CRISTINA PERI ROSSI
I am going to the local supermarket. It’s on several floors and sells everything from a box of pins to a motorboat. What I like most is to arrive – there are two entrances on the ground floor – with a list in my pocket of all the things to buy for Ana’s visit.
At first I had imagined that it would be inconvenient for Ana and me to live in different cities, but I soon thought otherwise, for I got pleasure from desiring her during our separation. We have no fixed dates for our meetings. In fact, thinking of it, I don’t even know anything about Ana’s life; all I know is that she lives in a city four hours away by plane. I had no wish to ask for her telephone number, but I gave her mine. Which she does not use. All I get from time to time is a telegram: “Meet me on Thursday at eight in the evening, Ana.” That’s fine by me. Any word unconnected with desire, any information that adds nothing to it and may distract us, seems unnecessary. Desire is exacting, intolerant, and despotic. It does not want to know anything unrelated to the body and its activities. Though I never told her, I appreciate the fact that she never asked any questions that had nothing to do with our desire. Why would she want to know about my work, my relatives, what my politics are, or my favorite hobby?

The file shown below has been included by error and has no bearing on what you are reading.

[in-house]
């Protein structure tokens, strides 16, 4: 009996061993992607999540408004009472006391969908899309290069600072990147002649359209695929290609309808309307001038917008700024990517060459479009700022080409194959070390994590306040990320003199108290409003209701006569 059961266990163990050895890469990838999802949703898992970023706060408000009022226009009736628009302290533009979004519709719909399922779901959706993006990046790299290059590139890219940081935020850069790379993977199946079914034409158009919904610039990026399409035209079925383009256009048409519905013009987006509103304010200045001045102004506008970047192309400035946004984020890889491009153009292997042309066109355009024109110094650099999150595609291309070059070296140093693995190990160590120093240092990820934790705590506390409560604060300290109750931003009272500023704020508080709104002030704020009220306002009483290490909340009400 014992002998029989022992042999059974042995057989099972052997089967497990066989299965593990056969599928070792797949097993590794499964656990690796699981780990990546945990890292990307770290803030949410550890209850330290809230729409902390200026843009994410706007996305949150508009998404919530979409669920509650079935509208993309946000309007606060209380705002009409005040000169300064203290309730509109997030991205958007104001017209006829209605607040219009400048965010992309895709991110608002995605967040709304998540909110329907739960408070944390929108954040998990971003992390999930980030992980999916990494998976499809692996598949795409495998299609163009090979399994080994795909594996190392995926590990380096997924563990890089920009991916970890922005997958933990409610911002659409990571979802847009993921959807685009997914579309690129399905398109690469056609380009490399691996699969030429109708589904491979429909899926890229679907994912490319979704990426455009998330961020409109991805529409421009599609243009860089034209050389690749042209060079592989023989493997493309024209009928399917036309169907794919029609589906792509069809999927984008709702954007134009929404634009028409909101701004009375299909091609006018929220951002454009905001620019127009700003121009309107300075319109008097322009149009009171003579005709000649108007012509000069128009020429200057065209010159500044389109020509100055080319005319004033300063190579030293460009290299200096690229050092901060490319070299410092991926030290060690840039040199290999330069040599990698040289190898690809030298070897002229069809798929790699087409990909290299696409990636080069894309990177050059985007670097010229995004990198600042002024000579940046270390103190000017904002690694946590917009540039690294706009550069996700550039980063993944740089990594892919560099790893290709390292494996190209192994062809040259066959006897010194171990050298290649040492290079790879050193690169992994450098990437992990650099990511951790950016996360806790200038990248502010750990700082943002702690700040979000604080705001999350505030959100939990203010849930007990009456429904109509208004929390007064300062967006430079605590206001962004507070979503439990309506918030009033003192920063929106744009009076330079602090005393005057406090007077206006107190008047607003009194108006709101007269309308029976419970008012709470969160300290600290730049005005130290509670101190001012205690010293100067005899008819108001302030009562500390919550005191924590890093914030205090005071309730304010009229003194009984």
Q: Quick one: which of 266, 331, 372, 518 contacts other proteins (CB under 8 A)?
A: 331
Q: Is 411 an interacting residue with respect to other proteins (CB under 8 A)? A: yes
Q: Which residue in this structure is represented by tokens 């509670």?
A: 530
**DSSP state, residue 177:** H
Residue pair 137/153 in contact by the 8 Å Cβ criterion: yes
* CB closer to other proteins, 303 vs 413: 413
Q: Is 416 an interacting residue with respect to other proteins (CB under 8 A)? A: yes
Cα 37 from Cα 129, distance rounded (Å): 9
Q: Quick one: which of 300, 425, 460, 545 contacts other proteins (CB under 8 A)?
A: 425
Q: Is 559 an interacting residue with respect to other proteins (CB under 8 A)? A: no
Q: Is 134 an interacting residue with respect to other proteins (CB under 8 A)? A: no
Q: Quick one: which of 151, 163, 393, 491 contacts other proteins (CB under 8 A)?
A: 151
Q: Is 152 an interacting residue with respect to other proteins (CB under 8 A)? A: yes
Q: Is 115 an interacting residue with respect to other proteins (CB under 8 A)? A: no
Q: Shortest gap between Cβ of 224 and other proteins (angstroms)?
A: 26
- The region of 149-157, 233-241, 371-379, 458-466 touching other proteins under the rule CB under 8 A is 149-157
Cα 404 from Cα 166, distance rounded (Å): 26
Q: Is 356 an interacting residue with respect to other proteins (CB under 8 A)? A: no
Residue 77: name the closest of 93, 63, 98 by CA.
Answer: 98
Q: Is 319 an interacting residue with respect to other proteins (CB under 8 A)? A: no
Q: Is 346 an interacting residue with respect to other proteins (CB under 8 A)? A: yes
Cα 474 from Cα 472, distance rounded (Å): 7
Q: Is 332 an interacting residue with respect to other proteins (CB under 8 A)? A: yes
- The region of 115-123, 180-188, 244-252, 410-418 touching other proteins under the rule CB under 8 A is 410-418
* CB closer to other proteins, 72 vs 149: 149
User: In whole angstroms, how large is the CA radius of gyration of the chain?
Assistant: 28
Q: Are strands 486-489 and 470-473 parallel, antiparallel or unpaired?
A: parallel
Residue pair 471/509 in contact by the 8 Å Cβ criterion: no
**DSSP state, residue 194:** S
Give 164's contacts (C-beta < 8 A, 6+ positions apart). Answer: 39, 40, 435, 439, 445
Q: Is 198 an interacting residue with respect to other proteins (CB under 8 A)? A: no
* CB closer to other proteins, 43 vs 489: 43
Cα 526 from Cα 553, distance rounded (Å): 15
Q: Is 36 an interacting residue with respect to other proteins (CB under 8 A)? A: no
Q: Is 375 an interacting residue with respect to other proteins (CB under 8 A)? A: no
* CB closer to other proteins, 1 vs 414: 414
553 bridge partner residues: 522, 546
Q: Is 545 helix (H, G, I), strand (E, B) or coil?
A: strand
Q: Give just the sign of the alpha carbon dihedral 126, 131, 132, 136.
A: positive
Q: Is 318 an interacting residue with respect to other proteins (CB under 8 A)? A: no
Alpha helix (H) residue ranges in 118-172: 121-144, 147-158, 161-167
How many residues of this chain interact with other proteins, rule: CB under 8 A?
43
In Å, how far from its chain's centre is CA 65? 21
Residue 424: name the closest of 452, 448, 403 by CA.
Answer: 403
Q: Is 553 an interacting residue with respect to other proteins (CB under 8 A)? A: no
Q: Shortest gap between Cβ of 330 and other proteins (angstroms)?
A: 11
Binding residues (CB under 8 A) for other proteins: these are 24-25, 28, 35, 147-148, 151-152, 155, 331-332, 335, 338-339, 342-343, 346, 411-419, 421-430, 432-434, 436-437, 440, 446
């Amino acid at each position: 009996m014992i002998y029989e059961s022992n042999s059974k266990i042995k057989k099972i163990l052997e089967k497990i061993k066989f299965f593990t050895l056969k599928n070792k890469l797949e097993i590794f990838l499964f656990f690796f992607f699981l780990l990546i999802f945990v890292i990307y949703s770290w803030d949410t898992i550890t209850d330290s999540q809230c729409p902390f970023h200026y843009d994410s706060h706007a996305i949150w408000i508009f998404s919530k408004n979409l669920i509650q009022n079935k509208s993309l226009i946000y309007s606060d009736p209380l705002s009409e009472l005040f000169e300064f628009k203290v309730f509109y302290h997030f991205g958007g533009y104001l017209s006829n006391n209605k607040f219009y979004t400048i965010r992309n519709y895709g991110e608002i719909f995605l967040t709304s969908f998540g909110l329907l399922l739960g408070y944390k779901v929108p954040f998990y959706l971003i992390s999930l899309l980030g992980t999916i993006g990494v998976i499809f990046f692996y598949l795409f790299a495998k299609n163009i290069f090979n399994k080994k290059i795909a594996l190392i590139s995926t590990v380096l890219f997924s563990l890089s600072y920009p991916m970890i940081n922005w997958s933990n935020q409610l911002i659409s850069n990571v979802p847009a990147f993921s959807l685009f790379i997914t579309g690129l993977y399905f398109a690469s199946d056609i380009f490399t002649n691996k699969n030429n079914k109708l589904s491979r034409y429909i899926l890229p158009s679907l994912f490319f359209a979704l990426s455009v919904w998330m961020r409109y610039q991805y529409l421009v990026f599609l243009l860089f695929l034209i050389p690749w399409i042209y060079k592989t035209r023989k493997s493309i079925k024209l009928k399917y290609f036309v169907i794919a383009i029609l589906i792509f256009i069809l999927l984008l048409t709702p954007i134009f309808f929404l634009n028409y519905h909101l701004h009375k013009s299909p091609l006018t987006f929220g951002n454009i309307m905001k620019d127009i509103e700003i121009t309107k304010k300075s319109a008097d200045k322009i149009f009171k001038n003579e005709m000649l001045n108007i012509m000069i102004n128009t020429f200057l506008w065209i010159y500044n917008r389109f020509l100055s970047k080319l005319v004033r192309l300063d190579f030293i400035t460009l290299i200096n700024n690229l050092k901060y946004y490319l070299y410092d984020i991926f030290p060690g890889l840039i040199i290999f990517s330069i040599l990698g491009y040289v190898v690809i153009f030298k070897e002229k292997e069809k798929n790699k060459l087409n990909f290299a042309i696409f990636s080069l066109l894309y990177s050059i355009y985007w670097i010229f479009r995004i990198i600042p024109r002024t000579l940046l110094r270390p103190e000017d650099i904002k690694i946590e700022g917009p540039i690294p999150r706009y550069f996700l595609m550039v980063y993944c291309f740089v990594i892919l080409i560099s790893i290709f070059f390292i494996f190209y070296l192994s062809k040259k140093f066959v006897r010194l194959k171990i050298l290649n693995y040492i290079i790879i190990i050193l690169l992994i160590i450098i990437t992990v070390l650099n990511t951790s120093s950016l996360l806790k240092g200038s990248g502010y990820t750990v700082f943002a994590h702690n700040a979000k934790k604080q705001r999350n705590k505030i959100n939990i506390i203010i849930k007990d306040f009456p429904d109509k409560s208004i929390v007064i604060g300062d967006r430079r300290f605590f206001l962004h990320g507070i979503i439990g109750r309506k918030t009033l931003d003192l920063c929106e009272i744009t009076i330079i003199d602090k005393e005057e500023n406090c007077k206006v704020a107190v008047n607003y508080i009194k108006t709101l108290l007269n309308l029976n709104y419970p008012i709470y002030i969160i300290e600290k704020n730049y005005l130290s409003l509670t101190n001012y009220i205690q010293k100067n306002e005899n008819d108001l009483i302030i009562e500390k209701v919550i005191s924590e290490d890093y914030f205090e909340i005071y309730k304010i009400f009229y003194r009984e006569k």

She asks no questions. Nor do I. I don’t even know if Ana is her real name. What does it matter? What matters are the secret names we call each other, not those that appear on our identity cards.
Her telegrams arrive unexpectedly. Sometimes the doorman gives them to me, at other times they reach me by telephone. But our dates are always fixed for late in the evening. Which is good, because it gives me more time to prepare things during the day.